Young men are turning away from lads' mags in droves as Zoo, Nuts, Loaded and FHM all suffered big circulation drops helping Men's Health strengthen its lead in the paid-for men's magazine sector.
Average circulation of Bauer's weekly Zoo magazine fell by 27.9 per cent year on year over the first six months of 2010, figures released today by the Audit Bureau of Circulations reveals.
Five years ago Zoo sold more than 260,000 copies a week but the magazine has now slumped to an average sale of 80,026 copies each week, dropping below the average sale of technology magazine Stuff.
Zoo's closest rivals are suffering a similar fate. In the first half of 2010, IPC Media's Nuts magazine recorded a fall in average circulation of 22 per cent year on year to a weekly sale of 147,134.
Men's monthlies also felt the effects of the downturn: IPC Media's Loaded, considered the original 1990s lads' mag, suffered a year-on-year sales drop of 26.3 per cent, leaving it with an average circulation of 53,591 per month in the first half of the year.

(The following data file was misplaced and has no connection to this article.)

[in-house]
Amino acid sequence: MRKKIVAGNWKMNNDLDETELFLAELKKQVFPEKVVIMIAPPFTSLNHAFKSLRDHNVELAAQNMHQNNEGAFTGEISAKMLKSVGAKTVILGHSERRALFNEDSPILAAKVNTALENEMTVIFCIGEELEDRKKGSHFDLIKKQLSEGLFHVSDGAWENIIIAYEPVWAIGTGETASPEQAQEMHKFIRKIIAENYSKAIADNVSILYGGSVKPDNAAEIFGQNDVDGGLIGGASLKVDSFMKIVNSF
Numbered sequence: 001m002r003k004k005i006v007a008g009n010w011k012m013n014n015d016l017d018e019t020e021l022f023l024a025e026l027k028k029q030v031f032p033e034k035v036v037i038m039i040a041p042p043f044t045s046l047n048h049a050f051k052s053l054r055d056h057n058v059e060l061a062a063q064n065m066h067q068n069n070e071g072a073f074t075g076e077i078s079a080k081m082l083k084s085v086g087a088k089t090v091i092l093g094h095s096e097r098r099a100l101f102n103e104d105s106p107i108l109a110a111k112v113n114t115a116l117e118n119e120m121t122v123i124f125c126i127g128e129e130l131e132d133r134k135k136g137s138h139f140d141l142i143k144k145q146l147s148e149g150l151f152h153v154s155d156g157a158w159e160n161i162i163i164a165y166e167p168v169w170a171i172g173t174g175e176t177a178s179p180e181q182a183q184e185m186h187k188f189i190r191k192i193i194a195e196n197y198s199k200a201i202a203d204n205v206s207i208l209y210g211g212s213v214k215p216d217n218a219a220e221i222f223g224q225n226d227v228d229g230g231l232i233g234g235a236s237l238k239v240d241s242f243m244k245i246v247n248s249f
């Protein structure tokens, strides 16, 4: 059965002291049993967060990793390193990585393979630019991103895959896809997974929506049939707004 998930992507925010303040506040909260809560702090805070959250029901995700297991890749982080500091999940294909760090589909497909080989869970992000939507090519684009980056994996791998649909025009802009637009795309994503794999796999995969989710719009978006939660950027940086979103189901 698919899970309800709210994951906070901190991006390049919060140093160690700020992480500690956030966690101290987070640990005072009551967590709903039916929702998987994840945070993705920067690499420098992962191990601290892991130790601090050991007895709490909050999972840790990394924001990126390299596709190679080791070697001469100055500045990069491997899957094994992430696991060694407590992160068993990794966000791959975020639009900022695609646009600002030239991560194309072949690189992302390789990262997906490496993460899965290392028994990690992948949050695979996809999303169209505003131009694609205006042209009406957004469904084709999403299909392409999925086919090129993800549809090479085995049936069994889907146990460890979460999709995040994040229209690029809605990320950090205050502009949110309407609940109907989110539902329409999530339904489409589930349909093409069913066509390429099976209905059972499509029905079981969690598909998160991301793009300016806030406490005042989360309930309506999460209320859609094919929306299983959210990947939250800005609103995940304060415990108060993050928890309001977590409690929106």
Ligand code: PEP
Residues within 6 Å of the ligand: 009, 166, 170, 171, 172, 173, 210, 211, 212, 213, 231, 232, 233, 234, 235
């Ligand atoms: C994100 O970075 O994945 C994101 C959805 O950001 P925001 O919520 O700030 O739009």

Bauer's FHM recorded a fall in average circulation of 18.1 per cent year on year to an average monthly sale of 192,586 in the first six months of the year.
The men's lifestyle sector recorded an overall fall in circulation of 3.8 per cent to average sales of 2.12m copies each month.
Despite the gloomy state of the sector there were a number of notable successes. NatMags' Esquire increased its average sale per issue by 10.5 per cent year on year to 58,151.
Conde Nast's Wired magazine, launched in April 2009, reached the circulation target of 50,000 it set itself at launch by just nine copies.
As with women's lifestyle titles, the men's lifestyle sector is boosted by the health of free weekly magazines.
The independently-owned Shortlist increased its distribution by 1.5 per cent year on year to a weekly average of 518,222 in the period, while UTV-owned Sport magazine was stable with an average of 305,479 copies given away each week.
Men's market magazine sales for second half of 2009 (with percentage change year on year)
Oliver Luft and Dominic Ponsford write for the Press Gazette